Homelessness in a Changing Climate

Frosty 104 Street

Photo by Mack Male on Flickr

Homelessness In a Changing Climate

Terra Informer Hannah Cunningham spoke with undergraduate student Madeleine Stout. Madeleine is pursuing a BA in Planning and works as a research assistant for University of Alberta human geographer Dr. Damian Collins. Madeleine was awarded Undergraduate Research Initiative grant to look at homelessness and winter in Edmonton. She investigated topics such as how weather factors into homelessness responses in Edmonton, and if the city’s homelessness policies take adaptation to winter weather into account.

Our episode this week investigates how climate change-related impacts are affecting Edmonton’s housing-insecure and homeless populations, and looking at what it means to be a “winter city”.

Rachel Carson’s Silent Spring

To honor the Spring season, we’d like to share a history lesson from 2014 that we pulled from our archives! Have you ever wondered about the origin of the environmental movement or the people behind it? To give you an idea, Yvette Thompson serves up a short on Rachel Carson, a woman who spoke out against pesticides with her 1962 book, Silent Spring. More information: The Life and Legacy of Rachel CarsonThe Story of Silent Spring

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Pollution Tracker determines that Victoria is the most polluted harbor on the West coast.




Controversy over proposed 23-hectare solar farm planned by EPCOR in the Edmonton River Valley.



Disappointing audit of the Edmonton residential waste diversion rate.



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Making Winter Cities Accessible


This week we dug into the archives and found a story from last year. In February of 2017, Edmonton hosted the city’s second Winter City Shake Up – a conference that addresses how we can make our cities more lovable, healthy, safe, and accessible and ultimately how we can beat the odds and thrive in the city during the winter season. Guest contributor Jody Zink went to the conference and brings us a variety of interviews discussing solutions to combat the windchill blues by making cities more winter friendly.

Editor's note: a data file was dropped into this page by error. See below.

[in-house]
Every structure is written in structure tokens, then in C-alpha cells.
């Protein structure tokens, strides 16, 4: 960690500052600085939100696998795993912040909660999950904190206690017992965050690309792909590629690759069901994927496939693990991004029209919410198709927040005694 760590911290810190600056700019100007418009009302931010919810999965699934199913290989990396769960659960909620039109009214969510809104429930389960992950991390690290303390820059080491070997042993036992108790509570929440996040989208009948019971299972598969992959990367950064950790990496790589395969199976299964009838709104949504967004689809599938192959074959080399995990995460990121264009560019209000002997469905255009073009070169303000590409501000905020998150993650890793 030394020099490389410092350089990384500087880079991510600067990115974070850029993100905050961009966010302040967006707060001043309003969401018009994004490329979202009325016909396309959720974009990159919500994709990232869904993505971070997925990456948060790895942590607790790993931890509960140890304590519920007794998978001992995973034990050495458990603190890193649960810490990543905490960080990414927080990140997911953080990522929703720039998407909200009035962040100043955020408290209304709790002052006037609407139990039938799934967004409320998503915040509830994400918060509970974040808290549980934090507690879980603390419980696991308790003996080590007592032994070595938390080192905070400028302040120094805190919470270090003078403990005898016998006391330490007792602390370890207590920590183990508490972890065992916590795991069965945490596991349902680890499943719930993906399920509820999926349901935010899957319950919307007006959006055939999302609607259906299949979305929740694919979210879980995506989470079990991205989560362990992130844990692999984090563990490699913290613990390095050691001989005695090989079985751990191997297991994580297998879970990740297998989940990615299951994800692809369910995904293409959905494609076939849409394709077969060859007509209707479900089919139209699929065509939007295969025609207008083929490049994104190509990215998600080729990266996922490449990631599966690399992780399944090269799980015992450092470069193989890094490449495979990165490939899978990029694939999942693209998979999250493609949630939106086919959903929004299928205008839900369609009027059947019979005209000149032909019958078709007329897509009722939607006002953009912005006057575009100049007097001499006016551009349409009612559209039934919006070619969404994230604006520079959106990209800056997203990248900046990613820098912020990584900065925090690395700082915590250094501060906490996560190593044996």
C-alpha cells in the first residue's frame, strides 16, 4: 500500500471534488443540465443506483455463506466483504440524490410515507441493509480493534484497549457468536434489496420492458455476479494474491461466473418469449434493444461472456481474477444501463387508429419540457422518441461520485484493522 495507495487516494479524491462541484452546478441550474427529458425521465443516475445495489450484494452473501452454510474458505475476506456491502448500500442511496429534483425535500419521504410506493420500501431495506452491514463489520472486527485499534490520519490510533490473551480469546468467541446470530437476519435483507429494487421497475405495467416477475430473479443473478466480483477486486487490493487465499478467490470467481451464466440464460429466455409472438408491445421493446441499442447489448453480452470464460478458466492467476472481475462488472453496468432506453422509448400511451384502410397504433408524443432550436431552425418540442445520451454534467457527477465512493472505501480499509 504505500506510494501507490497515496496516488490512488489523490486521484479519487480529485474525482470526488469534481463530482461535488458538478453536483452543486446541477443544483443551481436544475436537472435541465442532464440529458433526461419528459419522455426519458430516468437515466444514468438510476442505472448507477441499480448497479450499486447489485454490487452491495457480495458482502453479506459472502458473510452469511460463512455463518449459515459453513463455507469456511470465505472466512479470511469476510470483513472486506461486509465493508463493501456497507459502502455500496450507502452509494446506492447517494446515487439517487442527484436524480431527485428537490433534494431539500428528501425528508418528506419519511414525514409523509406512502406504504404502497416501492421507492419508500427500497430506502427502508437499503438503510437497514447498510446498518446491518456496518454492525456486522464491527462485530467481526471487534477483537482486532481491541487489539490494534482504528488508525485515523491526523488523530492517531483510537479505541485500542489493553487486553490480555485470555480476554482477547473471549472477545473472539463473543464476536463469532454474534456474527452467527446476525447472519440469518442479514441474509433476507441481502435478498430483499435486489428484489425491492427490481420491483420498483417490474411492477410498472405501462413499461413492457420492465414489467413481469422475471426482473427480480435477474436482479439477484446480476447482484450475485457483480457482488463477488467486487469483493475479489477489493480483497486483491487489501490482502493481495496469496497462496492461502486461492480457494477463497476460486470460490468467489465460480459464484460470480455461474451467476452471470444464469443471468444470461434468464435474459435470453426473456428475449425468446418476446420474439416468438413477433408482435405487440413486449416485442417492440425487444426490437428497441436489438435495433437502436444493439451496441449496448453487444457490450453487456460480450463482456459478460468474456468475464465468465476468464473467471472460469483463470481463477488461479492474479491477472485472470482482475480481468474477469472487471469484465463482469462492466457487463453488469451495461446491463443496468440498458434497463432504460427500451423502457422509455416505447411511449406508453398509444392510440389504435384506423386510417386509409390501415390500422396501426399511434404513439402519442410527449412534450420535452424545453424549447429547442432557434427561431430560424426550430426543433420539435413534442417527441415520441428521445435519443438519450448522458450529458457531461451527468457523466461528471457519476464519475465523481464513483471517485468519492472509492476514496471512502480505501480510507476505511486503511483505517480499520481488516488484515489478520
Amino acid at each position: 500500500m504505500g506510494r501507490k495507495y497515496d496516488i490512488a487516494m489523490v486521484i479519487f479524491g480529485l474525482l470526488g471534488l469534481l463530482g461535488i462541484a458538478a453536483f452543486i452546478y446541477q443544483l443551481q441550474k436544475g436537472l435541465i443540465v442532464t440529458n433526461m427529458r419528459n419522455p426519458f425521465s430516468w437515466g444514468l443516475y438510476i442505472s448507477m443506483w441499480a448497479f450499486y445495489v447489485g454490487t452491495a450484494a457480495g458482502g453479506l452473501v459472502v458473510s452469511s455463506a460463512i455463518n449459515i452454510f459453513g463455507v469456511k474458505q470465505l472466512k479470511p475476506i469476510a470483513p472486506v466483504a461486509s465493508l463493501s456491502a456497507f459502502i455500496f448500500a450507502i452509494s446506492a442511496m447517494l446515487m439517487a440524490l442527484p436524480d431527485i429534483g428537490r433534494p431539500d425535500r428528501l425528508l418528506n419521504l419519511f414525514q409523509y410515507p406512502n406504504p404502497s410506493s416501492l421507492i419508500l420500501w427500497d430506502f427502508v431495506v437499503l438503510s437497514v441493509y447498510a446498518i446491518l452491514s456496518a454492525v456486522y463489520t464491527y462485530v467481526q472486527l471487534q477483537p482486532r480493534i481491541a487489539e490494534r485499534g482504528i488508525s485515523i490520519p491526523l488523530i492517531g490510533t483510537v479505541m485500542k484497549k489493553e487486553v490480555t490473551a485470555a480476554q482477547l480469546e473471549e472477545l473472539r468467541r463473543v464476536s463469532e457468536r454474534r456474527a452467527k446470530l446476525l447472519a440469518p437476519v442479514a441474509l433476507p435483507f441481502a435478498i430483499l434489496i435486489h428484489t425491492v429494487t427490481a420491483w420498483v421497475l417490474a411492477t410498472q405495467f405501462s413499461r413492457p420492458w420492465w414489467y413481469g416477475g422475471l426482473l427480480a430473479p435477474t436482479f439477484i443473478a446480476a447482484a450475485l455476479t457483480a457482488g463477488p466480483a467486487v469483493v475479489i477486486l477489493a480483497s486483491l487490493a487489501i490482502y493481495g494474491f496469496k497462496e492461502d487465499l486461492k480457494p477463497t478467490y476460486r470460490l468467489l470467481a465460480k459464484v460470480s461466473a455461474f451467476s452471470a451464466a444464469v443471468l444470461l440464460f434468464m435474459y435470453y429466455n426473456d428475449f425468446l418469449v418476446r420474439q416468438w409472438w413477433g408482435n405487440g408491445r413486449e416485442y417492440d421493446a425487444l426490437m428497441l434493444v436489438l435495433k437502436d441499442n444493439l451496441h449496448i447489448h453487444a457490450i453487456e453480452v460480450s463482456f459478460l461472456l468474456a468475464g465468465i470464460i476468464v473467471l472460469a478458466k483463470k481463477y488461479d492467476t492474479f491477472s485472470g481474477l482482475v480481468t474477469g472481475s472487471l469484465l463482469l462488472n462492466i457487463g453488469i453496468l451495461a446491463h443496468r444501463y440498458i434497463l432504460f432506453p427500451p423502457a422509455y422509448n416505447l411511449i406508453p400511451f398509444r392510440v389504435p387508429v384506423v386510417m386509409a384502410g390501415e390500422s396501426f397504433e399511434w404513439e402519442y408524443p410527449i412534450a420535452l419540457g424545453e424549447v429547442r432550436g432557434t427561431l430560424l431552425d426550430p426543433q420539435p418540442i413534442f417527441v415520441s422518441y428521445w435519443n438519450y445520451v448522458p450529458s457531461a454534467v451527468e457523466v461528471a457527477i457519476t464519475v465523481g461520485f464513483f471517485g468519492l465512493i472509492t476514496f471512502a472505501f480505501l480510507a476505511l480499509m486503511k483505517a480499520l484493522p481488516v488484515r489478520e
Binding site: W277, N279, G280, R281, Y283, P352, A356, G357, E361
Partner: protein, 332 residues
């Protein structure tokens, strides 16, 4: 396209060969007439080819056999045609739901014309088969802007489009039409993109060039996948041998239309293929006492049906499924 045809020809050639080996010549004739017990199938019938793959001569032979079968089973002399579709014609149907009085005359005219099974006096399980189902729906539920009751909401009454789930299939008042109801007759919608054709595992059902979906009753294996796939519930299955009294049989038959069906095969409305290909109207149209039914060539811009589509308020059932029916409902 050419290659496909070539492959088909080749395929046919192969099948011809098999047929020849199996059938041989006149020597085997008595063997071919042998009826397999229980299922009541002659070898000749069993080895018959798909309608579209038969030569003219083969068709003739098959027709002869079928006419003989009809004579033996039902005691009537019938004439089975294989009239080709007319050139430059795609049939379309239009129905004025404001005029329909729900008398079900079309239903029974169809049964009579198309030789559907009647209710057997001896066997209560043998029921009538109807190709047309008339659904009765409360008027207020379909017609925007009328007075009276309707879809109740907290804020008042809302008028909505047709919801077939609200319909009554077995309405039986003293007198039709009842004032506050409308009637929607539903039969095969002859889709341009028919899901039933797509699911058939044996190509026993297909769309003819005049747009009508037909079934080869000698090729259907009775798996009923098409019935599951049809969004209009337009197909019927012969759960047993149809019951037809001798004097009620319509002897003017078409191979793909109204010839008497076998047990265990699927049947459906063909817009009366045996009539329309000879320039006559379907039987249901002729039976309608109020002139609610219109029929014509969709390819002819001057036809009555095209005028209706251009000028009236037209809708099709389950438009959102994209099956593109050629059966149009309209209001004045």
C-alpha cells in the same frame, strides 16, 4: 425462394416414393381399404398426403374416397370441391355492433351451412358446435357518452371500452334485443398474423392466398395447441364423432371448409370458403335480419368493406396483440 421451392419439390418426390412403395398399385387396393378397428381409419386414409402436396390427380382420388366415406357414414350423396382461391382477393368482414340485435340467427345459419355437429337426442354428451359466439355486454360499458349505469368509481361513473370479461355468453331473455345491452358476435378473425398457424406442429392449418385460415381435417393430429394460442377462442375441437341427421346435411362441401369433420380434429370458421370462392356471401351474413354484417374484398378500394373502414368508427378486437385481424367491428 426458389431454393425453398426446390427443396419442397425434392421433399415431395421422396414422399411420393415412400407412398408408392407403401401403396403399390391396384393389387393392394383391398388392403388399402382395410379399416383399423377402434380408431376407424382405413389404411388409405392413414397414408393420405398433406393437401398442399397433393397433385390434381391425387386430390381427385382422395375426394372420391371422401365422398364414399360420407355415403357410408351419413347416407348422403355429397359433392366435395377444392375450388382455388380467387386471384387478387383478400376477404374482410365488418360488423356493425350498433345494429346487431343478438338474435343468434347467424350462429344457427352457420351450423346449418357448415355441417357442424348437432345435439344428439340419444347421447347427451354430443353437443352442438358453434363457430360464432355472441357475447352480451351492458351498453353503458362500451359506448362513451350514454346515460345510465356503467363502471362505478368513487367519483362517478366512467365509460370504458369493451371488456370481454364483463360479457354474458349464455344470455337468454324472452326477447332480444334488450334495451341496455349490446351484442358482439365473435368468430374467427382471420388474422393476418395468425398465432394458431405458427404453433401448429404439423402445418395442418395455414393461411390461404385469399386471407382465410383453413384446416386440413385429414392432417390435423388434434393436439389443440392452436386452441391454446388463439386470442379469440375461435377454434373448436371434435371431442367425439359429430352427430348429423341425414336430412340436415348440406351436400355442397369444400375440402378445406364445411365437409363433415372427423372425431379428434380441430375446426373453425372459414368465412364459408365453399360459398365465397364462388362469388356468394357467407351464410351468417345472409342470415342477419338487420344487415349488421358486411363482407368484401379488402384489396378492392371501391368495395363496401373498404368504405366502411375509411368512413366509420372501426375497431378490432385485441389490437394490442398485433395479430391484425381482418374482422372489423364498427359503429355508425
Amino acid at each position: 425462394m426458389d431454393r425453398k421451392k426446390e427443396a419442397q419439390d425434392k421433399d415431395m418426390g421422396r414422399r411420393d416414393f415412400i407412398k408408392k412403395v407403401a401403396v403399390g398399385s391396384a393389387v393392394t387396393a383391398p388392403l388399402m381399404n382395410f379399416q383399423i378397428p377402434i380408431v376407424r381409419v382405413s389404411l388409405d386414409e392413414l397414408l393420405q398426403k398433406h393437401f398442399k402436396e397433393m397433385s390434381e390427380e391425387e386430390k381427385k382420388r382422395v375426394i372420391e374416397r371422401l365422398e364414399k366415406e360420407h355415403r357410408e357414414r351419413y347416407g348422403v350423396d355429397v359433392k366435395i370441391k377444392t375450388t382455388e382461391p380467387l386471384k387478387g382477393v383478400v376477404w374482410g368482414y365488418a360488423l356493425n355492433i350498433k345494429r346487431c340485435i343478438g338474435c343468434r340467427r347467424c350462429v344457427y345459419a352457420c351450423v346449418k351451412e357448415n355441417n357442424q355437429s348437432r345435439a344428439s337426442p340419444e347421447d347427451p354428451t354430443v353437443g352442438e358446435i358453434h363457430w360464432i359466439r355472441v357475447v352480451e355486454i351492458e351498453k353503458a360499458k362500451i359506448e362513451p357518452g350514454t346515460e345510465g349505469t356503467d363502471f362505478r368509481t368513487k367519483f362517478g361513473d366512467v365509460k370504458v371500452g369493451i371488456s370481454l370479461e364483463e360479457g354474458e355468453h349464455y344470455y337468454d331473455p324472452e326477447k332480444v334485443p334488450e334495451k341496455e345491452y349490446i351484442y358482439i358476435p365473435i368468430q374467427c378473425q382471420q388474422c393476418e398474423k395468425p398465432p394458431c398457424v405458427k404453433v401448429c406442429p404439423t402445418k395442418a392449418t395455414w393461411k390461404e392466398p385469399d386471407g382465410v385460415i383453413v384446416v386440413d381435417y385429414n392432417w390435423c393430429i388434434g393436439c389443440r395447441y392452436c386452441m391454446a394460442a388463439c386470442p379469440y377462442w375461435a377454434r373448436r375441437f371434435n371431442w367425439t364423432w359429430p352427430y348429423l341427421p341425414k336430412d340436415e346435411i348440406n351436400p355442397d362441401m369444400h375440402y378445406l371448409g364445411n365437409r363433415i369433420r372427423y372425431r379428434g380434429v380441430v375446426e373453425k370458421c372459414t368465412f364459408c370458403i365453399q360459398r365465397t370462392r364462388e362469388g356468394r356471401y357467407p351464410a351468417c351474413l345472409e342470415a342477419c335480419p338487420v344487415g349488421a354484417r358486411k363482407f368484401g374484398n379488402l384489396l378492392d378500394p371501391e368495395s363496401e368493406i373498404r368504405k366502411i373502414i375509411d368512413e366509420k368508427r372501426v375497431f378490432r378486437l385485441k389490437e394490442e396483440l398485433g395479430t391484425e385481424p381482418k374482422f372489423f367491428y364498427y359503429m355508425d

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Photo by: Jeff Wallace

George Kourounis Chasing Climate

California National Guard help battle the Rim Fire near Yosemite

Photo by: California National Guard 

This week on Terra Informa, we dip into the archives to bring back an interview with the infamous George Kourounis, a world-renowned storm chaser, adventurer, and host of the international TV show Angry Planet. His work has taken him around the world to document extraordinary natural events like tornadoes and bizarre wildlife phenomena. Terra Informer Dylan Hall spoke with George Kourounis about the different calibers of fear he’s experienced in his amazing career, documenting the Fort McMurray wildfire days after the city was reopened, and documenting climate change.

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Photo by: California National Guard 

What Oil Spills?


This week on Terra Informa, we bring you an exclusive piece with non-profit ecologist Dr. Kevin Timoney about oil and saline-water spills caused by the energy industry in Alberta. Dr. Timoney reveals fascinating evidence that exposes the Alberta Energy Regulator’s misrepresentation and omission of spill data. This piece begs the question: if the Alberta Energy Regulator is 100% funded by the industry that it’s supposed to regulate, how can it possibly remain impartial? Can the AER be reformed, or does it need to be replaced?

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What’s Happening

On Wednesday, February 7, the Alberta Climate Dialogue is hosting an event at the Edmonton Tower with the City of Edmonton and the Athabasca University Press. Challenging Public Involvement: Learning from the Citizens’ Panel on Edmonton’s Energy and Climate Challenges will start at 6:45 PM! No tickets are required.